The Aboriginal Memorial at the National Gallery of Australia has been relocated to a more prominent position so all visitors to the NGA can experience the installation commemorating First Nations people who lost their lives defending their land since European colonisation.
The move from its former ground floor site at the right of the Main Entrance to the more central position at Gallery 9 on Level 1 comes after three years of planning and community consultation and ahead of the National Gallery’s 40th anniversary in October.
It is the first stage of a revitalisation project that will also include a major publication in 2023 and an ongoing program of public and educational activity.
Commissioned by the National Gallery’s inaugural director James Mollison before the Australian Bicentenary in 1988, The Aboriginal Memorial is an installation of 200 hollow log coffins from Central Arnhem Land.
It was launched at the 1988 Sydney Biennale before moving to the National Gallery later that year.
The concept was the brainchild of renowned Bandjalung artist and curator Djon Mundine, who worked with 43 artists from nine clan groups from Ramingining and surrounding communities.
He found it disturbing that despite memorials dotted across Australia in most cities, towns and villages commemorating those who died defending their country, there were no memorials for Aboriginal people who had done likewise since 1788.
“An enormous crime has been committed and is remembered here,” Mr Mundine said.
“All artworks are memorials, mnemonic devices; however, this artwork speaks to a wider social consciousness and a need to be grieving if nationally we are to grow as an adult society and nation.
“The work contains within it an alternate cosmology of how we First Australians have lived and can live within this environment and be spiritually inspired to imagine a better future.”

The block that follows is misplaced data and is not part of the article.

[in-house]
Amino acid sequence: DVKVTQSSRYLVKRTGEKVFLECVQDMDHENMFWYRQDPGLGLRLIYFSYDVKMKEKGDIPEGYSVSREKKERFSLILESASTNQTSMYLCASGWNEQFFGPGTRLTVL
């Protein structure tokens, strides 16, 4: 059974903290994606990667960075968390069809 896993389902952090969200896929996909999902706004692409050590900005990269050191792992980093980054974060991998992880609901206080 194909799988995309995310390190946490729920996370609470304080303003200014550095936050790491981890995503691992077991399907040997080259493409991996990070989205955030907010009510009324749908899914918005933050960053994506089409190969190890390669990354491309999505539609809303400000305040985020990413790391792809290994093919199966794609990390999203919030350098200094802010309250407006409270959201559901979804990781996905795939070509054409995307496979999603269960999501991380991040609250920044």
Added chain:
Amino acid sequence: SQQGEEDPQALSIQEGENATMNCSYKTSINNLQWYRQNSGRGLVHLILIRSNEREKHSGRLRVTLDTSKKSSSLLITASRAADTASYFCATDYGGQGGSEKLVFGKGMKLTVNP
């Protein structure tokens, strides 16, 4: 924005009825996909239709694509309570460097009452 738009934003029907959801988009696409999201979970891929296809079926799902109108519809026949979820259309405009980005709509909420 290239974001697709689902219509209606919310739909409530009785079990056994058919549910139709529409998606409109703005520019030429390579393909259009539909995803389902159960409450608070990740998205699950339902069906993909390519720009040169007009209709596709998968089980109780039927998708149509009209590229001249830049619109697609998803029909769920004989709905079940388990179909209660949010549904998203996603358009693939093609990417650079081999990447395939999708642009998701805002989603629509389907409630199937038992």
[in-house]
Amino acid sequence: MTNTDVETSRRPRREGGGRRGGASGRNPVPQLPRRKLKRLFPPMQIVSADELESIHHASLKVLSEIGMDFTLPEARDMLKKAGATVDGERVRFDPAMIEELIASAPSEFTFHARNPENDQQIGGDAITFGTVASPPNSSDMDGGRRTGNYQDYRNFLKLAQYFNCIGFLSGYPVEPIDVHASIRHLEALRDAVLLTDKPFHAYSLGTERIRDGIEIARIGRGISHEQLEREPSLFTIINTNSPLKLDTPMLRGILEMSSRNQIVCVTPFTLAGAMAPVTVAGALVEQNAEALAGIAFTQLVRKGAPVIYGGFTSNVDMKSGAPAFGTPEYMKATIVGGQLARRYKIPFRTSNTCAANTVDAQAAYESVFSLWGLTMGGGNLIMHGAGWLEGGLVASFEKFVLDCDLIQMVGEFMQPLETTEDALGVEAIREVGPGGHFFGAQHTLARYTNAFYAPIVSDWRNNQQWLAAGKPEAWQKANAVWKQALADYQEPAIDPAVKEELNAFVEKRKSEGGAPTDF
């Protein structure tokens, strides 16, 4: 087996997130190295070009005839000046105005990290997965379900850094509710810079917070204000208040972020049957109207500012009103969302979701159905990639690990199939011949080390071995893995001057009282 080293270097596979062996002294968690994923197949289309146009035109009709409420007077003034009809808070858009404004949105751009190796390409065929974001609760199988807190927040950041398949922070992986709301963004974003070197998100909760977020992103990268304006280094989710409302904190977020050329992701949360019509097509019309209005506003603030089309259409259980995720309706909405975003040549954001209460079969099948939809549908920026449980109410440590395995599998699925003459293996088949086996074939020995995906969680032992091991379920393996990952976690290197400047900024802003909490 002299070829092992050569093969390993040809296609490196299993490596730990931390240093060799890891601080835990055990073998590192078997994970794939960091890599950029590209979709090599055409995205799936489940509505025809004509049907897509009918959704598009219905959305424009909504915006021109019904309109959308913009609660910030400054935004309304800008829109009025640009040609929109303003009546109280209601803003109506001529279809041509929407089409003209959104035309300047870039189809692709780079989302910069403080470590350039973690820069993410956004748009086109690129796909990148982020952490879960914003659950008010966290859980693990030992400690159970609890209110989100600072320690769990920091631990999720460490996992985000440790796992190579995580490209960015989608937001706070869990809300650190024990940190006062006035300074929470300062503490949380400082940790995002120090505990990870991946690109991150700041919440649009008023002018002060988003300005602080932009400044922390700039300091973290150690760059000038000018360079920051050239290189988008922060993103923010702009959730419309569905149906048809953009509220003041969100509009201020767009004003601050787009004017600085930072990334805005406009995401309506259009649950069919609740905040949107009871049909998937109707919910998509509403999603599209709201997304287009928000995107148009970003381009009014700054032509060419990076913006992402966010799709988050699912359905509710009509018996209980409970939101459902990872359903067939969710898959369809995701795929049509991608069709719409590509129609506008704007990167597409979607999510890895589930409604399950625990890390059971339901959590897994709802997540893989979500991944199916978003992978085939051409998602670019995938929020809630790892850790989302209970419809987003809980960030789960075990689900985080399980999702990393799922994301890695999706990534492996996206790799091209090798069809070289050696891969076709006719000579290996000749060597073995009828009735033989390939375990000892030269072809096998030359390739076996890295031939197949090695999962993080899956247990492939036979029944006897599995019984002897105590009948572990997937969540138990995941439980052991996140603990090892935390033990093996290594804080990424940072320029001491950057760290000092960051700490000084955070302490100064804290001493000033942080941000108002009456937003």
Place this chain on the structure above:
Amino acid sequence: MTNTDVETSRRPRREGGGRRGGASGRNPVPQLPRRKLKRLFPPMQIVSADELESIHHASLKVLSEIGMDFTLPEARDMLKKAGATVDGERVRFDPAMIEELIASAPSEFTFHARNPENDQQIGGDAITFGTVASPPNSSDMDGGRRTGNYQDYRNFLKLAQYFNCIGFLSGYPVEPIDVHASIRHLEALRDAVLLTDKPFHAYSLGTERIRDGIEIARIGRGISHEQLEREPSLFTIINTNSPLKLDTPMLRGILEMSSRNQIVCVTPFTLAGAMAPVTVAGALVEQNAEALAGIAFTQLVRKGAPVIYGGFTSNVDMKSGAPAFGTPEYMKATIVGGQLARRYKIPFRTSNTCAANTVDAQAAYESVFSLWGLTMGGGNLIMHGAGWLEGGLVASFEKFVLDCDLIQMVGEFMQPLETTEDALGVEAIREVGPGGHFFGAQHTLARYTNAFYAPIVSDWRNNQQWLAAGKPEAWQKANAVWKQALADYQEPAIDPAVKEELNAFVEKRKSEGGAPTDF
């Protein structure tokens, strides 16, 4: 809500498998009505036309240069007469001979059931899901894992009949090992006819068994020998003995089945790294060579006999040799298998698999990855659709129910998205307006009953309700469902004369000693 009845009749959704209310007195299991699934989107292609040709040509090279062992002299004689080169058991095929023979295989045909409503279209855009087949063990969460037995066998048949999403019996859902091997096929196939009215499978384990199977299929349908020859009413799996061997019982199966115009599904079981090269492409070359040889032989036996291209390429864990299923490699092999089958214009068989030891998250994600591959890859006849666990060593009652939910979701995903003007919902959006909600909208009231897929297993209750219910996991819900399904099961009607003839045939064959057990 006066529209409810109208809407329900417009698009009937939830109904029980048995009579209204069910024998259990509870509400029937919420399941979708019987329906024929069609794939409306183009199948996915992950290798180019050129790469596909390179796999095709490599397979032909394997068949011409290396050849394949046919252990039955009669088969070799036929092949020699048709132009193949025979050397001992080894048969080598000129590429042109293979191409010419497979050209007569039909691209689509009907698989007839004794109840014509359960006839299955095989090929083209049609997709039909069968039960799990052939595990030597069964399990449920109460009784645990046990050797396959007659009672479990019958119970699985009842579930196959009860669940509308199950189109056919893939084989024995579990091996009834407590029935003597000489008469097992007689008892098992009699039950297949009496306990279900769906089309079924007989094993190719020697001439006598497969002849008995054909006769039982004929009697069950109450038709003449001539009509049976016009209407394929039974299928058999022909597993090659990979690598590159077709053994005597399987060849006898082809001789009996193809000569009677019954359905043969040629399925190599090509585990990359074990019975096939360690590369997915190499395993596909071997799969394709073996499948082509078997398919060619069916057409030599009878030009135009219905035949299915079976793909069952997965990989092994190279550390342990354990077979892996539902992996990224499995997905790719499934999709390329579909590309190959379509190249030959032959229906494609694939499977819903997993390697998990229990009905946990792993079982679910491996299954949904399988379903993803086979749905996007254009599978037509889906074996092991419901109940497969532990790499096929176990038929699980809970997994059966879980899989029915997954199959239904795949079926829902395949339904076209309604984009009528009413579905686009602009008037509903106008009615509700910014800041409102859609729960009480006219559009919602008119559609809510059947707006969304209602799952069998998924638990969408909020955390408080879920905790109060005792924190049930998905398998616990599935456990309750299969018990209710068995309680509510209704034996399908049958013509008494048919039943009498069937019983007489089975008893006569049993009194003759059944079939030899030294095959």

NGA Assistant Director First Nations Engagement Bruce Johnson McLean said The Aboriginal Memorial remained as central to the mission of the National Gallery today as when it was conceived in the 1980s.
“It was a defining exhibition for Australian visual culture – it compelled many to view the world through the eyes of First Nations people for the first time,” he said.
“As custodians of The Aboriginal Memorial, we are charged with keeping the spirit of this work alive, of keeping the memories and legacies of those who have gone before alive. We are committed to keeping this an active memorial space long into the future.”
National Gallery Director Nick Mitzevich said the installation was one of the nation’s most important cultural works.
“It has been heartening to work closely with the community over the past three years to ensure the work is presented at the heart of the Gallery,” he said.
The original creators wanted the memorial to remain in a public space and be preserved for future generations.
Garrawurra artist Frances Rrikili, who created a memorial pole adorned with conch shells, said the installation showed that Aboriginal culture was still alive.
“Yolngu people put the bones into these, and they are left on Country. These all have different stories from different clan families. They have ancient stories on them about traditional ways of life,” she said.
“For me, this installation keeps what we have, it is our identity in these hollow logs. They show who we are, where we are from and what our ancestors did. This has been passed down to us and it is still going. Our culture is alive.”
Local Ngambri and Ngunnawal Custodians will join with members of the Ramingining community and Djon Mundine to sing in the Memorial in its new location tomorrow (1 June) from 10:30 am to 11:30 am.
The ceremonial singing in is open to the public as part of the National Gallery’s Reconciliation Week programs and will commence outside the Main Entry and move to Gallery 9, Level 1.